The Platform for Internet Content Selection (PICS) is a standard for labeling online content: basically online content rating. To generate the labelist, visit safesurf or another labellist generator. Note that the content attribute uses single quotes, because the PICS label syntax uses double quotes.

<meta http-equiv=”pragma” content=”option” />
<meta http-equiv=”cache-control” content=”option” />
You can use the http-equiv=”expires” with a past date to ensure that the browser retrieves fresh files from the server (rather than caching). Since not all client browsers and caching devices (e.g. proxy servers) are known to successfully implement all no-caching options, include multiple no-caching options, including:

<meta http-equiv="pragma" content="no-cache" />
<meta http-equiv="cache-control" content="max-age=0" />
<meta http-equiv="cache-control" content="no-cache" />
<meta http-equiv="cache-control" content="no-store" />
<meta http-equiv=”content-language” content=”language-Country” />
Enables language specification, enabling search engines to accurately categorize the document into language and country. The language is the main language code, and the country is the country where the dialect of the language is more specific, such as en-US versus en-GB, US English versus English spoken in Great Britain. <meta http-equiv=”content-language” content=”de-AT” /> would be German as is spoken in Austria.

<meta http-equiv=”content-script-type” content=”language“>
The default script language for the script element is javascript. If you aren’t using JavaScript as your default, declare <meta http-equiv=”content-script-type” content=”text/VBscript”> informs the browser which type of scripting language you are using by default: is this case, Visual Basic.

<meta http-equiv=”page-enter” content=”revealtrans(duration=seconds,transition=num)” />
<meta http-equiv=”page-exit” content=”revealtrans(duration=seconds,transition=num)” />
Page-enter and page-exit are Microsoft proprietary transitions that only work in Internet Explorer. The seconds is how long the transition should take, and num is an integer between 0 and 23, correlated with a specific type of transition (23 is random).<meta http-equiv=”page-enter” content=”revealtrans(duration=2,transition=6)”>. There are 23 transitions, from 0 – 22. A transition with value of 23 is allows Internet Explorer to randomly select from the 23 available transitions. <meta http-equiv=”page-enter” content=”blendTrans(duration=sec)” /> is another value.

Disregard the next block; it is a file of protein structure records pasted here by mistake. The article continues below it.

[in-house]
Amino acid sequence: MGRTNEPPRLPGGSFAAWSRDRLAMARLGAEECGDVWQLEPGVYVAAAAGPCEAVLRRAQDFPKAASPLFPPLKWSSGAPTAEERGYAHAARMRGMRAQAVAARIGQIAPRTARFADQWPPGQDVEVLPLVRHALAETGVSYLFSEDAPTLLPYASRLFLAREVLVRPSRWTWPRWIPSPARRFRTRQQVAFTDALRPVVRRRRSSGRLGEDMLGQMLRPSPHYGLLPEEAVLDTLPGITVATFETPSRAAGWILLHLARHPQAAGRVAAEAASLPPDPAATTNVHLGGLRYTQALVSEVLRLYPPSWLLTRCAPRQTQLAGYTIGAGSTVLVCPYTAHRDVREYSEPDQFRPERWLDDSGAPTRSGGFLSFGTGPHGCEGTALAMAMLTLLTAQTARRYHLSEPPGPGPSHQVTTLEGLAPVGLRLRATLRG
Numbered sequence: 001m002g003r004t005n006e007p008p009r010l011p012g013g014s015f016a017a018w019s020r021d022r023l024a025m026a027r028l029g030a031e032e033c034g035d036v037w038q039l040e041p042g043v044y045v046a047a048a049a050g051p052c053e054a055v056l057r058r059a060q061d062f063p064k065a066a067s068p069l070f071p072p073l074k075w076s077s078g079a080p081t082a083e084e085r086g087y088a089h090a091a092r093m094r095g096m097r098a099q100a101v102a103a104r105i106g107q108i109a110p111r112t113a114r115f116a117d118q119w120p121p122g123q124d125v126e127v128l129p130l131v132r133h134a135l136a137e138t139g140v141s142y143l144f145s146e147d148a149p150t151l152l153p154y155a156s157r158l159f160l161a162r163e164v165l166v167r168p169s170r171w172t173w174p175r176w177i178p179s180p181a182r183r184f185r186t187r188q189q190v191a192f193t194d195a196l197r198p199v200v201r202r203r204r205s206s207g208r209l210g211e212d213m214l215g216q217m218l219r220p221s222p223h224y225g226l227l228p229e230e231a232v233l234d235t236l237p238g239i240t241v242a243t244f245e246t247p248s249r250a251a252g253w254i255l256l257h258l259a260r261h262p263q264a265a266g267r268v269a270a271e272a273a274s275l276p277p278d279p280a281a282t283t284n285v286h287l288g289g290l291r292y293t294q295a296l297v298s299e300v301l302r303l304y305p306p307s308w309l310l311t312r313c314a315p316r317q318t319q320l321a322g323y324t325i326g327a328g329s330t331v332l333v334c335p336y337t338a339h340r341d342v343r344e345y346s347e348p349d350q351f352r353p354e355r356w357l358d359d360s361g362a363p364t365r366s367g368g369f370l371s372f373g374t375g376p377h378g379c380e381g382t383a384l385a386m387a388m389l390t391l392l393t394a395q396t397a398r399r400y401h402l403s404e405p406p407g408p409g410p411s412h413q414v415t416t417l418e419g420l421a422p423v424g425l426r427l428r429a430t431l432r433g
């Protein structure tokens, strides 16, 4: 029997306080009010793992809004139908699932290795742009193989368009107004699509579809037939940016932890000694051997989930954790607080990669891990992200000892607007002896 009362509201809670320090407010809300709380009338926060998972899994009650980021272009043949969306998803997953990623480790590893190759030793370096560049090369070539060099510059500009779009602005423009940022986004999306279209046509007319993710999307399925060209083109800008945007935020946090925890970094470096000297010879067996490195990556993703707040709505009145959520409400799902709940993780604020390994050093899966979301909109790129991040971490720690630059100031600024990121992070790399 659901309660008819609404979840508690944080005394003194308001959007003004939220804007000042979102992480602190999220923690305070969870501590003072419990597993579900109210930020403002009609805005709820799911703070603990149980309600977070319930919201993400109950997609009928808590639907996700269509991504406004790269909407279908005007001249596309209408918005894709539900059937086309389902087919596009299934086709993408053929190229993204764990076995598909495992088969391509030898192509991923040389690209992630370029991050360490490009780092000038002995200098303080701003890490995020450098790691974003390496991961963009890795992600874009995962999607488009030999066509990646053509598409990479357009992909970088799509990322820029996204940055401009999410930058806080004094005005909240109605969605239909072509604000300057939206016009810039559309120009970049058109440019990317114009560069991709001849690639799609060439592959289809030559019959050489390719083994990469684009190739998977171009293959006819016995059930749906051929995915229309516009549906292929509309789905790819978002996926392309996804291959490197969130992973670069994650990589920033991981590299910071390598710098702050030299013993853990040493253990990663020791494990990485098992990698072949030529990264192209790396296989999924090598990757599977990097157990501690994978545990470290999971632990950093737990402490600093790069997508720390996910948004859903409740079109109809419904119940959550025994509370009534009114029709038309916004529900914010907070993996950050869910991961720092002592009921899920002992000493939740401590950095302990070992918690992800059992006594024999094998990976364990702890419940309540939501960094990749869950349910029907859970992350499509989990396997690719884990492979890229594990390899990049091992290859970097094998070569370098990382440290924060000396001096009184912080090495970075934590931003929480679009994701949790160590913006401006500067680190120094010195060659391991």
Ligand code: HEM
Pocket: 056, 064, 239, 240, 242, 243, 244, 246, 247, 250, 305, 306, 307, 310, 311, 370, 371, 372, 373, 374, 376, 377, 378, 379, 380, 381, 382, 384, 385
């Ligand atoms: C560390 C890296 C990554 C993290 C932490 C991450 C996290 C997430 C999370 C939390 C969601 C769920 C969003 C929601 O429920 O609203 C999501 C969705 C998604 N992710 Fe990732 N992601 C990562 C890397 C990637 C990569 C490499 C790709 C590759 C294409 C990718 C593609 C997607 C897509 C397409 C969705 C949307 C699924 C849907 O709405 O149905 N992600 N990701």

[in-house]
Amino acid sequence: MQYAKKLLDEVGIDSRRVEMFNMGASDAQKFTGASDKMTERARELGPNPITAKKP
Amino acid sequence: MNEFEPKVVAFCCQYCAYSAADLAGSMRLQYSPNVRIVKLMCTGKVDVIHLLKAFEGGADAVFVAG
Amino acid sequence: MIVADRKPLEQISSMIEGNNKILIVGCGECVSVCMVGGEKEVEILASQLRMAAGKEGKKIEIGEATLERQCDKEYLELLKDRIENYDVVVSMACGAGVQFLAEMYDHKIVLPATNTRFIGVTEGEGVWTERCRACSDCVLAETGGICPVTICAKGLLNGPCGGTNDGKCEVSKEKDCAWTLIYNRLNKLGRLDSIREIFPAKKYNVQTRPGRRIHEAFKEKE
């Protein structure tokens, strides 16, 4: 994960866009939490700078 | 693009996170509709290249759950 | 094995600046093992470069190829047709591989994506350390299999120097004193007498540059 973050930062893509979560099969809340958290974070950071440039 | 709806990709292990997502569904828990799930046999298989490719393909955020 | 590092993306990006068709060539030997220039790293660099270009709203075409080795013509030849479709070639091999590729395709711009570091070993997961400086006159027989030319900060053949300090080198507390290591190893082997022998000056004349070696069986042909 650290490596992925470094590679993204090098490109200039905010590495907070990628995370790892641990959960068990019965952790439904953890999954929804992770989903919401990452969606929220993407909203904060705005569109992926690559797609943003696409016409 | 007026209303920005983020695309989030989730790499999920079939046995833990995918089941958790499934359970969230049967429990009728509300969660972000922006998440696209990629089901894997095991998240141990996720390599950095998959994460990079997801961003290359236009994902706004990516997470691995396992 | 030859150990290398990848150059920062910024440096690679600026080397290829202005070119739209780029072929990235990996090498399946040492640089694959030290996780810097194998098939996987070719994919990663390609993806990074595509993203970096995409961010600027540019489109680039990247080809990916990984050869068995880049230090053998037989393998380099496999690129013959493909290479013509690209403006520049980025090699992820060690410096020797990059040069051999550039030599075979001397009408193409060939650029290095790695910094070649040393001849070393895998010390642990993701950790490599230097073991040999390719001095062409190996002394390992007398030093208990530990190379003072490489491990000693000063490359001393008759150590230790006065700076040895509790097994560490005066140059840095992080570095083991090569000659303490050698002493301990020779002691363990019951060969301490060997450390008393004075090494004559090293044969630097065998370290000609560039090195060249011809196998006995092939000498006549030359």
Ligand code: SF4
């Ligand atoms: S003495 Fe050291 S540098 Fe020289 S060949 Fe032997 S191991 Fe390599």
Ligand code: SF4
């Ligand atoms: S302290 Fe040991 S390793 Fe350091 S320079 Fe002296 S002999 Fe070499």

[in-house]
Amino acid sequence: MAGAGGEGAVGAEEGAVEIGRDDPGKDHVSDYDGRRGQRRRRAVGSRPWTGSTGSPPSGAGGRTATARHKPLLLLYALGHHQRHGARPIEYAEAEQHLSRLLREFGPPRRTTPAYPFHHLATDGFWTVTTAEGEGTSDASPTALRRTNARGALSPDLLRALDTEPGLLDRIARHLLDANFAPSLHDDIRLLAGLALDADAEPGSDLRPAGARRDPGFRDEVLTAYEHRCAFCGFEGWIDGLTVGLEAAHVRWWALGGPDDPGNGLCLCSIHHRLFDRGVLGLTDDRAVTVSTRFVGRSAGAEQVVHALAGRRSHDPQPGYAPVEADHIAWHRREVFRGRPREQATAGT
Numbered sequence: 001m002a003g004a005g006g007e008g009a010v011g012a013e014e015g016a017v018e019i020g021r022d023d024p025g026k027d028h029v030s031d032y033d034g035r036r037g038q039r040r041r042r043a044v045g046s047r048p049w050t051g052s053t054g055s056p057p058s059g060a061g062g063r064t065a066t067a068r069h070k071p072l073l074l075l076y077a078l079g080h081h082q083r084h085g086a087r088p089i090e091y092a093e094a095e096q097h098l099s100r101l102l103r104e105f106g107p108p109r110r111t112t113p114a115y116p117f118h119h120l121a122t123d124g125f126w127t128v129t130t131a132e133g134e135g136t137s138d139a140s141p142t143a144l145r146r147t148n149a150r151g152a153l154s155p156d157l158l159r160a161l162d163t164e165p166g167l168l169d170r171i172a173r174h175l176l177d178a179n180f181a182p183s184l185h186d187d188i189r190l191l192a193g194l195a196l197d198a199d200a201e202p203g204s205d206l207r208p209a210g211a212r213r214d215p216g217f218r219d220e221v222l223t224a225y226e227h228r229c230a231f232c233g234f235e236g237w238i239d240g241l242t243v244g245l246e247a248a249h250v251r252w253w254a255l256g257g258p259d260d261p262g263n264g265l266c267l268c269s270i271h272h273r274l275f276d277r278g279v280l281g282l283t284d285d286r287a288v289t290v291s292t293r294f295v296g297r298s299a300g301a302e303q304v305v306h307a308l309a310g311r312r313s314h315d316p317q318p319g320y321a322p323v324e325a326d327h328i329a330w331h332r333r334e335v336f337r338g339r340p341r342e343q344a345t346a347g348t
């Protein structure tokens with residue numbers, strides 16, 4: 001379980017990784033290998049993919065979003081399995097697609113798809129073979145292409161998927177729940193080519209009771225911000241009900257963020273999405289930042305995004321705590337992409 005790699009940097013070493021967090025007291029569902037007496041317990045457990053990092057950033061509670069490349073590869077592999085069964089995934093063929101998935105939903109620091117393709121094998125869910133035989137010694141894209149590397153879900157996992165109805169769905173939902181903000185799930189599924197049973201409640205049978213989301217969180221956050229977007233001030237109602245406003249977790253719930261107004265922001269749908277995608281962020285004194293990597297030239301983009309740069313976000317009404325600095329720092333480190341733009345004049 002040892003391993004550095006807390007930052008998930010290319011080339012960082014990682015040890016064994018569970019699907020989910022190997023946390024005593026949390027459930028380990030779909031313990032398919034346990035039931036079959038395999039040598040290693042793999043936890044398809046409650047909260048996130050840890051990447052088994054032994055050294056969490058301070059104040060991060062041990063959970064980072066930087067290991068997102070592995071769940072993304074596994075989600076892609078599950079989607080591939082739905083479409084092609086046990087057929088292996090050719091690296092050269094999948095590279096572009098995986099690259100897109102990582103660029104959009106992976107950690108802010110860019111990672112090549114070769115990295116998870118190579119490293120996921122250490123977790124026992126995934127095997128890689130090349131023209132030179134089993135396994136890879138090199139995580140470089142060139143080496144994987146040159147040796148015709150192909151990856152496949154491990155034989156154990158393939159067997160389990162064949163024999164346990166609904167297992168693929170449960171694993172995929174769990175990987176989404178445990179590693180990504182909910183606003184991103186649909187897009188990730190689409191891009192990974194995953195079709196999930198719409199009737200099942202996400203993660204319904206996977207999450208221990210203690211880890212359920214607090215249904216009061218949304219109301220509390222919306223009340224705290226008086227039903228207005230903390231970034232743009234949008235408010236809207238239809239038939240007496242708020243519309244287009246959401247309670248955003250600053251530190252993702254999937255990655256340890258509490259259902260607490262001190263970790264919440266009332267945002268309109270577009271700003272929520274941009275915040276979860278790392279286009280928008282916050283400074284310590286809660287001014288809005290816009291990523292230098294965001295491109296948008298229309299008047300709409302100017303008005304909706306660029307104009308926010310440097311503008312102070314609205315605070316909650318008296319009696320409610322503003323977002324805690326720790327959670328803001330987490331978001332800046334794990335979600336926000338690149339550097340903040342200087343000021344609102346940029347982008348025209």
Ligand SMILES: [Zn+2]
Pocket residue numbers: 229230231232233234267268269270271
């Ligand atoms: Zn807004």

<meta http-equiv=”imagetoolbar” content=”no”>
Another IE specific (which means you shouldn’t use it) http-equiv value is “imagetoolbar”. In some versions of Internet Explorer, when an image is hovered, an image toolbar appears. <meta http-equiv=”imagetoolbar” content=”no”> enables the disabling of the image toolbar.

Notes:

  • The following characters appearing within the content must be escaped using SGML entities:
    single quote
    & & ampersand
    > > greater than
  • Note: Dates take the following format:
    Thu, 25 Nov 2008 16:15:30 GMT

5 Responses to “http-equiv: the meta attribute explained”

  1. Christoph Dum says:

    nice site you got here

    but there’s one tiny mistake i’ve noticed:

    http-equiv=”content-language” :

    de-AU is wrong – AU is Australia

    de-AT is german, spoken in Austria

  2. Raanan Avidor says:

    Any idea why http://validator.w3.org fail validating this?

    HelloWorld

  3. Raanan Avidor says:

    Hmmm, HTML code was stripped away :)
    <!DOCTYPE html>
    <html>
    <head>
    <meta charset=”utf-8″ />

    <title>HelloWorld</title>
    <meta http-equiv=”cache-control” content=”no-cache” />
    <meta http-equiv=”expires” content=”0″ />
    <meta http-equiv=”pragma” content=”no-cache” />
    </head>
    <body>
    <div>HelloWorld</div>
    </body>
    </html>

  4. Neil Ormsby says:

    Hi, I have designed my website in html5 and I am very pleased.
    The mark up validates but I need to make the website more mobile friendly.
    I have checked it in: http://validator.w3.org/mobile/ and it is 84% so I am very happy.

    The cache-control meta tags above fail the html5 validator check, so what can I use to have valid mark up and also to improve the mobile aspect as well.

    I get confused if things get too technical so I need some help.

    Regards Neil.